Mid-Sized-Firm CFOs Expect 2012 Cap-Ex Boosts
Despite economic and internal concerns, slightly more than half in TD Bank’s survey foresee spending rise in 2012, up from 39% this year. Technology is number-one target.
More finance chiefs of mid-sized companies expect to boost capital spending next year, sacrificing some of their swollen cash reserves, according to a recent survey of finance executives. The number-one target for the projected spending: technology, by far.
A study by TD Bank, which had a survey company interview 200 executives in the U.S. Northeast and Mid-Atlantic regions, showed that 51% envision increasing their capital expenditures in 2012, up from 39% who foresaw that prospect in last year's analysis by the bank.
Also, three-quarters say they expect their companies’ sales to increase over the next 12 months – with 27% saying the increase will be 10% or more. A sales decrease was seen by only 9%. Still, the executives report being concerned about numerous continuing economic and other problems, including the so-called jobless recovery, which they believe has the highest potential to hurt company finances.
Of the 66% of executives who report their sales increasing over the past 12 months, 29% say the increases were at least 10%. In last year’s survey, only 58% had predicted sales increases, with a quarter of the total saying those increases would be in double-digits.
The survey was conducted in October at companies that had $25 million to $250 million in annual sales. More than two-thirds of respondents were CFOs or held similar finance titles, with the rest being executives who have some influence over financial decisions at their companies.
“Given the length of the recessions and the tremendous pent up cash balances, CFOs are making decisions to invest in technology and infrastructure to make them more competitive and productive,” Walter Owens, TD Bank’s head of specialty and corporate banking, tells CFOworld.com. “We also attribute the 12% rise in respondent's anticipated capital expenditures from last year's survey to an increasing, if still muted, optimism.”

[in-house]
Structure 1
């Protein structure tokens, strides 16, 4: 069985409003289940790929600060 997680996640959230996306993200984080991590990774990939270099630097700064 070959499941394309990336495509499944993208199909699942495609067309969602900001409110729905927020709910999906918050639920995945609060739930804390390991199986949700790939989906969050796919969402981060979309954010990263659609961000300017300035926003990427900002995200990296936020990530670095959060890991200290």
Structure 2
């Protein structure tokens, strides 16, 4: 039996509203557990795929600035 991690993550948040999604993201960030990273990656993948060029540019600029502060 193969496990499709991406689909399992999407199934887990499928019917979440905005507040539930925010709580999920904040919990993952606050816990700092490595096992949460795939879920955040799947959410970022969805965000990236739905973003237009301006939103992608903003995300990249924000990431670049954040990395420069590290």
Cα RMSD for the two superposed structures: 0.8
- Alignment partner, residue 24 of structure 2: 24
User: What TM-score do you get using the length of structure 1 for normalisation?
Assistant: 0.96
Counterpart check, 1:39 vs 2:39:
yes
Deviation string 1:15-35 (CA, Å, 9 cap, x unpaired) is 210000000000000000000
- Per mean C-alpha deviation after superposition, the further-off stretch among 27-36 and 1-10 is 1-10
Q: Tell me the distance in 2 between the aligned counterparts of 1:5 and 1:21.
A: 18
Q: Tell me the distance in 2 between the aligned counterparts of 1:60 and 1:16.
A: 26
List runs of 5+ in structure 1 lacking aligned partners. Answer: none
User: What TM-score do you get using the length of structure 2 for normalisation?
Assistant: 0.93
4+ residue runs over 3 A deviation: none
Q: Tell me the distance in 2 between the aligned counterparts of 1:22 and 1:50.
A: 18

He adds, “Unfortunately, very few are willing to invest in new resources reinforcing 'the jobless recovery’.” But, he says, “There has been greater visibility over the past 12 months regarding the economic questions overhanging the U.S. and global economy. That's not to say we're out of the proverbial woods yet, but CFOs who prudently accumulated cash and assets post-2008 are in a prime position to capture market share in this environment -- and CFOs, like investors, loathe uncertainty."
Owens adds that the survey results “reinforce what we’ve been seeing and hearing at the client level.” Smaller companies, as well has large ones, “have hoarded cash since late 2008, with the expectation that worse days were ahead. Now with interest rates at record lows and the Fed promising to stay the course through 2012 into 2013, the negative headwinds are abating and companies are making strategic capital investments so that they emerge stronger.”
Tech Tops Cap-Ex Plans
Still, the survey results clearly show that the financial executives feel surer about their own favorable prospects than they do about the U.S. economy as a whole in 2012. The split was nearly 50-50 among executives who are more optimistic about overall matters than they were last year, with 35% in both more-optimistic and less-optimistic camps, and 31% neutral.